Rice · Sushi

Sushi Rice

If you're going to make sushi or maki rolls, you need to first learn to make sushi rice. 

Bill is the sushi rice maker in our house.  I don't even do it any more – it's his job.  The basic ratio of rice to water is 1:1, and his cooking time is 10 minutes of cooking followed by 10 minutes of steaming.  But I'm jumping ahead of things.

First of all, it seems obvious, but if you're going to make sushi, buy sushi rice.  You can get it in many grocery stores or health food stores.  Sushi rice is a short grain rice, so if you must substitute, you want something short-grain.

You will also need rice wine vinegar, sugar, mirin, and salt.

First thing you'll need to do is rinse the rice in cold water.  Bill does this in a strainer, under running water.


What you're doing here is washing the starch off of the grains of rice.  Starch is great if you're making risotto, and you want that creamy texture, but when you're making sushi, you want each grain to be distinct and separate from the other grains.  So keep rinsing.


Get your fingers in there and work the grains of rice under the water.  You want the water to run clear.

Once that's all set, place the rice in a pot with an equal amount of water (by volume – i.e. 1 cup to 1 cup).  Bring to a boil and cook for ten minutes, then shut the heat off and leave the lid on and let it sit for another ten  minutes.  DON'T OPEN THE LID.  You'll let the steam out too soon and the rice won't cook properly.

When the rice is cooked, fluff it up a bit with a fork to separate the grains.  Taste it – you want it firm, but not al dente.  It should be cooked all the way through.

While the rice is cooking and steaming, you need to make the vinegar mixture. 

There are different recipes for the vinegar mixture, but the preparation is the same.

The ratio Bill has been using for some time now comes from a book he bought me way back when, called Sushi Making at Home, by Yasuko Kamimura. 

Cover Image

It's a fun book with lots of step-by-step photos on how to make sushi rice, how to make various kinds of maki rolls and all sorts of other related dishes.

(On a side note, some of the translation is amusing.  There's a dish called Ichimatsu Oshi-Zushi, which is basically layers of rice and vegetables in a square mold, topped with diced scrambled egg alternating with mashed shrimp in a checkerboard pattern.  There's a picture of a serving of the finished dish at the top of the page, and just below the picture, above the name of the dish, it reads:  "Girls will be delighted.  Use a pan."  Huh?  Girls will love it – because it's pink and yellow, apparently.  And oh, by the way, use a pan.  I don't know, it just cracked us up.)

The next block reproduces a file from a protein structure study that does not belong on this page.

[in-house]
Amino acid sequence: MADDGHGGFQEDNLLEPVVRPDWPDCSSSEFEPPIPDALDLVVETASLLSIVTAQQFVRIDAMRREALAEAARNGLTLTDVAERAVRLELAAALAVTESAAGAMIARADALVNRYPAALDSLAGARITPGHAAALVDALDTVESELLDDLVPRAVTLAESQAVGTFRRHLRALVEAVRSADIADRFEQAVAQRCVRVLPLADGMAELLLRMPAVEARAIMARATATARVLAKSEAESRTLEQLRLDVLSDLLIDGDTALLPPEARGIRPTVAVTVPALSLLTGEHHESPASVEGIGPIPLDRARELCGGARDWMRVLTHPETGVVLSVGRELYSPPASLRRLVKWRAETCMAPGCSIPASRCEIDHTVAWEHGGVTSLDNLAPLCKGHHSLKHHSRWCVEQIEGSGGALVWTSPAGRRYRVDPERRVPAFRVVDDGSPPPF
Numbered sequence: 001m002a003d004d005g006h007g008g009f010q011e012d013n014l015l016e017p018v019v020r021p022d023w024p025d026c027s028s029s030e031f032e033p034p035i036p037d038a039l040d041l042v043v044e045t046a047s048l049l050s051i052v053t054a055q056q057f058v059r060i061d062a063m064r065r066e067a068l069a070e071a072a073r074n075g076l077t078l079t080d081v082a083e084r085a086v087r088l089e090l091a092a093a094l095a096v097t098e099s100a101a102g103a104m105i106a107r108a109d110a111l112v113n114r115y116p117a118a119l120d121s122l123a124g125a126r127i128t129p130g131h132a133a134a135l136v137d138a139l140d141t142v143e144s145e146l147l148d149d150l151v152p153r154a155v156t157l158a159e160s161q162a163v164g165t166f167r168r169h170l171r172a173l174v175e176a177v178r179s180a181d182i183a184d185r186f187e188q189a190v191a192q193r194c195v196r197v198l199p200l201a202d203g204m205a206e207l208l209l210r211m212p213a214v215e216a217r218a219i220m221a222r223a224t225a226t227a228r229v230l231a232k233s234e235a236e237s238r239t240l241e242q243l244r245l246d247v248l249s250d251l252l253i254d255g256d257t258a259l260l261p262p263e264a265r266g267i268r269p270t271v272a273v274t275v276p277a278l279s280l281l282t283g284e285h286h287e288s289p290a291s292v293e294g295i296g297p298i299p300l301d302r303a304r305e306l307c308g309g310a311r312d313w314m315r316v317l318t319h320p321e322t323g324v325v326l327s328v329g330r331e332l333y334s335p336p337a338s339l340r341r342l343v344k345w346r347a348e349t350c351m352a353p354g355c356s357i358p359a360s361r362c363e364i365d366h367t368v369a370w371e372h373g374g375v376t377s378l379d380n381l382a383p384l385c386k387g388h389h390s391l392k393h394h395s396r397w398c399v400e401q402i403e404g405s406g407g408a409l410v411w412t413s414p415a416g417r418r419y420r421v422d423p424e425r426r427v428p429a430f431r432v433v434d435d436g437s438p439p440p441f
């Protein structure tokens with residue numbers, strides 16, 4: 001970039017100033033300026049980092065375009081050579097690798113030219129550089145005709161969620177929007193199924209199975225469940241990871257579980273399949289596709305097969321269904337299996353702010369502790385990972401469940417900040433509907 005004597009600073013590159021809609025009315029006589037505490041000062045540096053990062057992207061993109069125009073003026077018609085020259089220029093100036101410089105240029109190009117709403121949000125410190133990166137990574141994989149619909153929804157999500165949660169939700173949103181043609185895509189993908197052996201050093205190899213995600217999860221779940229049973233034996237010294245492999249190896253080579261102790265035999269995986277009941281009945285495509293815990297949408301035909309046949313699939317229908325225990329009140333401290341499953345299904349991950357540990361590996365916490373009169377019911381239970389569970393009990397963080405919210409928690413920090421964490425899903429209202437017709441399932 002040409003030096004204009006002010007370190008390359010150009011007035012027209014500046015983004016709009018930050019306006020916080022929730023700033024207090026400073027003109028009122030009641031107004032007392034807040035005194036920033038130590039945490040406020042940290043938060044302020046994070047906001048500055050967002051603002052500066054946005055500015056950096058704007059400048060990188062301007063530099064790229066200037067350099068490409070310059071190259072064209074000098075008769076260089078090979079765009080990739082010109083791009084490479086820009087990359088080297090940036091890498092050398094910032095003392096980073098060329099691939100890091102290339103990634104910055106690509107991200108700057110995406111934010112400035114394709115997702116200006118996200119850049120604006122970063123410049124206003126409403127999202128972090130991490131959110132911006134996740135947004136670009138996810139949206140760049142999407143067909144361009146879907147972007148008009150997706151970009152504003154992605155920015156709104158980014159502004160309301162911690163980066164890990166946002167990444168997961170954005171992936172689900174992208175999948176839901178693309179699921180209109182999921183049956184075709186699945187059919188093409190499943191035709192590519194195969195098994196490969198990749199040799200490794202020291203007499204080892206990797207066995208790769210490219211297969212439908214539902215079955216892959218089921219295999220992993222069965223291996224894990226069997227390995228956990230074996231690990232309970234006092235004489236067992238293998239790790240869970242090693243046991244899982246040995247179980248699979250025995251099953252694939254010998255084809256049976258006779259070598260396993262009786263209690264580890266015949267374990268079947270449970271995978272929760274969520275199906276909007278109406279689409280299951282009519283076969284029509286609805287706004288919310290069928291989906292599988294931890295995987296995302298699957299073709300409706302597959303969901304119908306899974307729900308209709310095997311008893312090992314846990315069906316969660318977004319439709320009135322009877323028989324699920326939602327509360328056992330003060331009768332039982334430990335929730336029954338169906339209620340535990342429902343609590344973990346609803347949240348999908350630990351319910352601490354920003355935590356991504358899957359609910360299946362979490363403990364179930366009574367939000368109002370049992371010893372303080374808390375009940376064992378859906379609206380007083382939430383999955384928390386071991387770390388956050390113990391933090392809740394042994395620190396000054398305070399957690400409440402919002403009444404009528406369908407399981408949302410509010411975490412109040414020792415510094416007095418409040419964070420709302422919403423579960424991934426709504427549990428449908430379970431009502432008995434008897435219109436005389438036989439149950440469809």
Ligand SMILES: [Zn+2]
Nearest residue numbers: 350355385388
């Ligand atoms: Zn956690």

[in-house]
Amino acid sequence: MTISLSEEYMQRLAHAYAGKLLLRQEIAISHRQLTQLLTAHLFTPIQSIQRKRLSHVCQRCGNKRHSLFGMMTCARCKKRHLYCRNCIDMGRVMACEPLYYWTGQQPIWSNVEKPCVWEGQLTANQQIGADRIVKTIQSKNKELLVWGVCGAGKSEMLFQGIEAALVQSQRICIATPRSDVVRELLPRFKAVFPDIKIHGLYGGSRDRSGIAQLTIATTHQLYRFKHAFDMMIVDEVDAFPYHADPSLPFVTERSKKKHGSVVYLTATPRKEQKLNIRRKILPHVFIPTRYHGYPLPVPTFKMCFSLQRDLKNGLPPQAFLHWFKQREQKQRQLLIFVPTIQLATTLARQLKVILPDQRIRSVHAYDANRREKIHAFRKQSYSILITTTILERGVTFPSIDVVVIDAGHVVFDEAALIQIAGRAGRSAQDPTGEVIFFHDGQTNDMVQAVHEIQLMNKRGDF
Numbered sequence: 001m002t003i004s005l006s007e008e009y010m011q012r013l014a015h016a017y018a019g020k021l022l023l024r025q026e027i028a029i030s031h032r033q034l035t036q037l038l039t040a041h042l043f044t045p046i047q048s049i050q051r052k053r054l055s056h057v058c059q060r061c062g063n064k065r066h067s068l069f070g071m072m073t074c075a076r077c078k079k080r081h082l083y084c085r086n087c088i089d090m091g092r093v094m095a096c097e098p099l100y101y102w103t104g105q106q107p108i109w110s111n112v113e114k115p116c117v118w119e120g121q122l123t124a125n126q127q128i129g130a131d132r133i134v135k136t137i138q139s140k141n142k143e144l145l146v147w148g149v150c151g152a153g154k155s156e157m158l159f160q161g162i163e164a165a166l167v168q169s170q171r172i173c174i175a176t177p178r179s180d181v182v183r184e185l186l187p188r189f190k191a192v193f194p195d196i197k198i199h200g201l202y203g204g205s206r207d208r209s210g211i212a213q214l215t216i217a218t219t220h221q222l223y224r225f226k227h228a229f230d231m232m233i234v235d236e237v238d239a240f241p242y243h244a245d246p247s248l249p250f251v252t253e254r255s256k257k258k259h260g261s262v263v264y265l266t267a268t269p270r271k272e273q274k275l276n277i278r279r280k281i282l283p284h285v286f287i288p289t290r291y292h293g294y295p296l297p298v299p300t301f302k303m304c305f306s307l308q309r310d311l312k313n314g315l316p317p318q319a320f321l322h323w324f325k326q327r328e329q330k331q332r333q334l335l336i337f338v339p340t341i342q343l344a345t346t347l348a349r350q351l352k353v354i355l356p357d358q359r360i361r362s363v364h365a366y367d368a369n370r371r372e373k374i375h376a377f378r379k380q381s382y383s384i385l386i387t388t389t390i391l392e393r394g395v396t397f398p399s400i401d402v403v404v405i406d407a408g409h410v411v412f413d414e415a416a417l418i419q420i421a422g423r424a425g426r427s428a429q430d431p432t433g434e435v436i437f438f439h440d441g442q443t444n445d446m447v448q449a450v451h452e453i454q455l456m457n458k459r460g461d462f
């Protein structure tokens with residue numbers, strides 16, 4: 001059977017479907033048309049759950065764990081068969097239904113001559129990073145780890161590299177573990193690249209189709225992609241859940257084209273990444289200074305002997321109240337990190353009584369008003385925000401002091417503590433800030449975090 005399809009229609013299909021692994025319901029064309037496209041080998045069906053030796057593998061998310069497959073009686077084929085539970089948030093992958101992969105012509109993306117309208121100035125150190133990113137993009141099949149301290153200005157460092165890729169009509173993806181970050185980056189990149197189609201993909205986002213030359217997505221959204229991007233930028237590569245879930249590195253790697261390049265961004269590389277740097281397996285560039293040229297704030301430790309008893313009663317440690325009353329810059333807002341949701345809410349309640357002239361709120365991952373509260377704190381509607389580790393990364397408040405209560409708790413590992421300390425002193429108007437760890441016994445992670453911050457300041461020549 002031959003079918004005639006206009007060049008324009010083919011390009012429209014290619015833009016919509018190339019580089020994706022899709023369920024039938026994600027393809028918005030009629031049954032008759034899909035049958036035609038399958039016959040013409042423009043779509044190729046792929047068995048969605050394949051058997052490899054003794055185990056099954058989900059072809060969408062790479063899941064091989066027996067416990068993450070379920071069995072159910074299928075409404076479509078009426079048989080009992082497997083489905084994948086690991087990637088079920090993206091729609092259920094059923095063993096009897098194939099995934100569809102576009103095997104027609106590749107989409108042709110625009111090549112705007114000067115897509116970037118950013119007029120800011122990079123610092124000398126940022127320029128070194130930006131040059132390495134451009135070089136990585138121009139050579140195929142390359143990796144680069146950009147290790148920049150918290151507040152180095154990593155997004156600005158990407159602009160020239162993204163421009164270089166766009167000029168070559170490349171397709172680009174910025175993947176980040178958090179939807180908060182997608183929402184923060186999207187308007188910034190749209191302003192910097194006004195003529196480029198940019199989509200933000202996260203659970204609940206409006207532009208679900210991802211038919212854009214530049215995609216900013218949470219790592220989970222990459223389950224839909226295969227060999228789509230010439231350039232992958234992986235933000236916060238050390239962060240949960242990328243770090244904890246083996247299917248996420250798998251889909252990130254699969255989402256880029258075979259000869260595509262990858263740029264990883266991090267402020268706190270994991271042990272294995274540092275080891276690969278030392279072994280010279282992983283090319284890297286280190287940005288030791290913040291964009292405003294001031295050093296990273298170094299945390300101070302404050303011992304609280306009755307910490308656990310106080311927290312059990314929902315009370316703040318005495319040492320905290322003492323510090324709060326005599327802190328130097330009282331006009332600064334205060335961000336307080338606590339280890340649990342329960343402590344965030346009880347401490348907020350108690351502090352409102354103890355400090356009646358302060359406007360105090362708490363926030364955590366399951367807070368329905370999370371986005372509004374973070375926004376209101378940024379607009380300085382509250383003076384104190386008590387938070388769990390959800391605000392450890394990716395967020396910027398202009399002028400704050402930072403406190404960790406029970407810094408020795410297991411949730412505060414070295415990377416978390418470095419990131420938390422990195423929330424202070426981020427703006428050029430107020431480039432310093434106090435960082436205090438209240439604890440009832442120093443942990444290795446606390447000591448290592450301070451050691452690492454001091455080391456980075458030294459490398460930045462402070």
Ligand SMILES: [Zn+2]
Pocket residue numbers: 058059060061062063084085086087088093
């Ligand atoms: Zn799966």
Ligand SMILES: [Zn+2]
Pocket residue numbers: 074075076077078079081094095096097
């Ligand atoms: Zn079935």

Combine the following in a sauce pan:

6 T rice vinegar

2 T sugar

2 tsp mirin (sweet sake)

2 tsp salt.

Heat these together to dissolve the sugar and the salt.  (The above proportions are for a 3 cup batch of rice – 3 cups before cooking).



Put the cooked rice in a large bowl and pour the vinegar mixture over the rice.  With a paddle or wooden spoon, you want to mix the rice with the vinegar using a cutting motion.  At the same time, you're also slowly cooling the rice.


  The book also says to fan the rice with one hand while you're mixing the vinegar in with the other hand.  Sort of a culinary version of patting your head and rubbing your stomach. 

Anyway, once it's mixed well and cooled, cover with plastic or a damp cloth so the rice doesn't dry out. 

Bill also mentioned just now that he makes more of the vinegar mixture than called for, to rehydrate the rice if needed.

* And another useful tip – keep a bowl of water mixed with a little rice vinegar handy – the sticky rice will adhere to your hands after you work with it for a bit, and rinsing your hands often in the vinegar water will help counteract that.

All set?  Okay, now you can go make a Soft Shell Crab Roll.

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